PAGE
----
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5 Tips to Managing Your Insurance Coverage

March 26, 2013 By: Nadia Category: HealthCare, Medicine Advice, Medtipster, Prescription News, Prescription Savings

Don’t use providers that aren’t in your network. Most plans have lowered how much they will pay for doctors or facilities not in your network, while some won’t pay for out-of-network providers at all.

Review how prescriptions are reimbursed under your coverage. Many plans are now offering reimbursement based on a percentage of the retail cost of a drug, which can add up quickly. If you pay a percentage instead of a co-pay, compare prices at different pharmacies.

Prepare for a doctor visit ahead of time if you anticipate a prescription, diagnosis or treatment plan. You should have your benefits summary with you as well as your drug formulary to know how much you’ll pay for a prescription before you leave the office. You can also pull up prices at local facilities on your tablet or phone at www.medtipster.com to discuss choices with your doctor.

Read your benefits summary carefully to know what’s in your plan, and what isn’t.

Shop for the lowest priced facility for diagnostic tests. Hospital-based services are often priced higher than independent facilities.

 

Drug Adherence Rises When Co-Pays Go Down

September 14, 2012 By: Nadia Category: HealthCare, Medtipster, Prescription News, Prescription Savings

www.Medtipster.com Source: Reuters Health, by Amy Norton – 9.11.2012

When people with chronic health conditions have lower out-of-pocket costs for medications, they are more likely to actually fill their prescriptions, according to a new research review.

The findings, reported in the Annals of Internal Medicine, sound logical. But they lend some hard numbers to the idea that lower drug costs should improve people’s adherence to their medication regimens.

“It was striking to us,” said lead researcher Meera Viswanathan, of RTI International, a Durham, North Carolina-based research institute.

“If you help people with costs, even a little, it seems to improve adherence,” Viswanathan said in an interview.

She and her colleagues reviewed several dozen U.S. studies on various efforts to improve people’s ability to stick with their prescriptions. A few of those studies focused on insurance coverage – either giving people drug coverage or lowering their out-of-pocket costs for prescriptions.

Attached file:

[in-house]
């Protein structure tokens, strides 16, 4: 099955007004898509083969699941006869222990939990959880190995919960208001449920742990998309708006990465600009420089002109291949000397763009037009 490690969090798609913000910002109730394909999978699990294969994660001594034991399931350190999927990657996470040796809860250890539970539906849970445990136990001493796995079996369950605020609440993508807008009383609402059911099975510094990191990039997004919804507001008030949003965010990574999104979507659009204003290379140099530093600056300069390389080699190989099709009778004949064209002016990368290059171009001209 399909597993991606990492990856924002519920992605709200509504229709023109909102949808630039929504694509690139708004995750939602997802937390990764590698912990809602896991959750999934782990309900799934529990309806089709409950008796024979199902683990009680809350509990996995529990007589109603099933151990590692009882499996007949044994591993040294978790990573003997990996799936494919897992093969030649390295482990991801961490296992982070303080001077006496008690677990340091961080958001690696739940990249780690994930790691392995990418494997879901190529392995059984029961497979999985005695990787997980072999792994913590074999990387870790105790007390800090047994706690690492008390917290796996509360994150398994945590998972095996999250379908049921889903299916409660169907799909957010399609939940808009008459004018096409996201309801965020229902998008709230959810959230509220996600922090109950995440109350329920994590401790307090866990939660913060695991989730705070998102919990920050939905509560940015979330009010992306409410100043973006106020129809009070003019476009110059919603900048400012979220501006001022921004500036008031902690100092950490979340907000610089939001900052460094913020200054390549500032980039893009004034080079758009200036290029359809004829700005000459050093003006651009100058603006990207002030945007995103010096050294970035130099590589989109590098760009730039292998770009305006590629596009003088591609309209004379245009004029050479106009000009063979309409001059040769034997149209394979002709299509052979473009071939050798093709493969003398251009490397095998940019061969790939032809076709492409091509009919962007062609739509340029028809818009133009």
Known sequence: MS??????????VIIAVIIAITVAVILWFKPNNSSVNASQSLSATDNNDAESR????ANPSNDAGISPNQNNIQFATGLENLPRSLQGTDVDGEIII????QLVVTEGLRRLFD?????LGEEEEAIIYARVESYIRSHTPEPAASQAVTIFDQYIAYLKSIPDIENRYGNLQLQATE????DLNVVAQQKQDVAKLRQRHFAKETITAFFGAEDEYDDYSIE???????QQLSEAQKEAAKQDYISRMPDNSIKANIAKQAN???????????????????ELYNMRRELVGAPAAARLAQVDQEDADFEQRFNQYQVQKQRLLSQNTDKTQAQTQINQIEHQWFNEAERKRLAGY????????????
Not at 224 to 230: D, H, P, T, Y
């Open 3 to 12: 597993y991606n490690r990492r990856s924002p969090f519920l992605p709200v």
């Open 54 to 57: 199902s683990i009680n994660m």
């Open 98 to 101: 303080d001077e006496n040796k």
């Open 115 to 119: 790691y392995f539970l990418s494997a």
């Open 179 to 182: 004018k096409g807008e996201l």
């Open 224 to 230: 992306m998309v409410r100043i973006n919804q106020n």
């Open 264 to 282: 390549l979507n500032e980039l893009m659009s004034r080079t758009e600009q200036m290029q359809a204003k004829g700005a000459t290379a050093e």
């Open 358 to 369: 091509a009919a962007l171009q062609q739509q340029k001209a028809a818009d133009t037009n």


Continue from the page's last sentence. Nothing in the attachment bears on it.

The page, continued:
Some looked at what happened after Medicare prescription coverage took effect in 2006; others looked at cutting out-of-pocket payments for people with private insurance.

Overall, better coverage seemed to help. In a study of nearly 6,000 heart attack patients, for example, those given full drug coverage through their insurer got more prescriptions filled over about a year.

Of patients who were on their usual insurance, 36 percent to 49 percent filled their prescriptions, depending on the medication. Those rates were four to six percentage points higher among people with full drug coverage.

Patients with full coverage also suffered a new complication, like a stroke or second heart attack, at a slightly lower rate: 11 percent, versus just under 13 percent.

But while there is some evidence of actual health benefits, not many studies have followed people long-term to see if the better drug adherence translates into a longer or healthier life.

“There were some encouraging findings,” Viswanathan said. But more research is needed to know what the long-term health effects are, she and her colleagues write.

The results do not mean that better drug coverage is the only way to get people to fill their prescriptions, according to Viswanathan.

The studies in the review found some other tactics to work, too. Education plus “behavioral support” was one.

That goes beyond telling patients about their health problem, and why a particular medication is needed, Viswanathan said. “You would also try to get through the barriers that may keep a patient from taking it,” she said.

If a patient was afraid of side effects, for example, a nurse might discuss that with him or her.

Another measure that seemed effective was “case management.” That means the health provider would try to identify patients at high risk of not using their prescriptions, then follow-up with them – with phone calls, for instance.

It’s not clear, Viswanathan said, how programs like that could be “scaled up” to be widely used in everyday practice, and not just clinical trials.

And the specific fixes might differ depending on the health problem. With high blood pressure, a fairly simple move seemed to boost patients’ adherence to their medication: Giving prescriptions in blister packs rather than bottles, so people could more easily keep track of whether they’d taken their daily dose.

With more complex measures, the question of how to work them into the real world remains. “We need to know, what does it take to implement them into clinical practice?” Viswanathan said.

Figuring out how to get people to stick with their medications is considered a key part of improving healthcare. Studies show that 20 percent to 30 percent of prescriptions are never filled, and half of medications people take for chronic ills are not taken correctly.

All of that is thought to contribute to 125,000 deaths a year, and to cost the U.S. healthcare system as much as $289 billion annually.

June 11, 2010 By: Jason A. Klein Category: HealthCare, Medtipster, Prescription News, Prescription Savings

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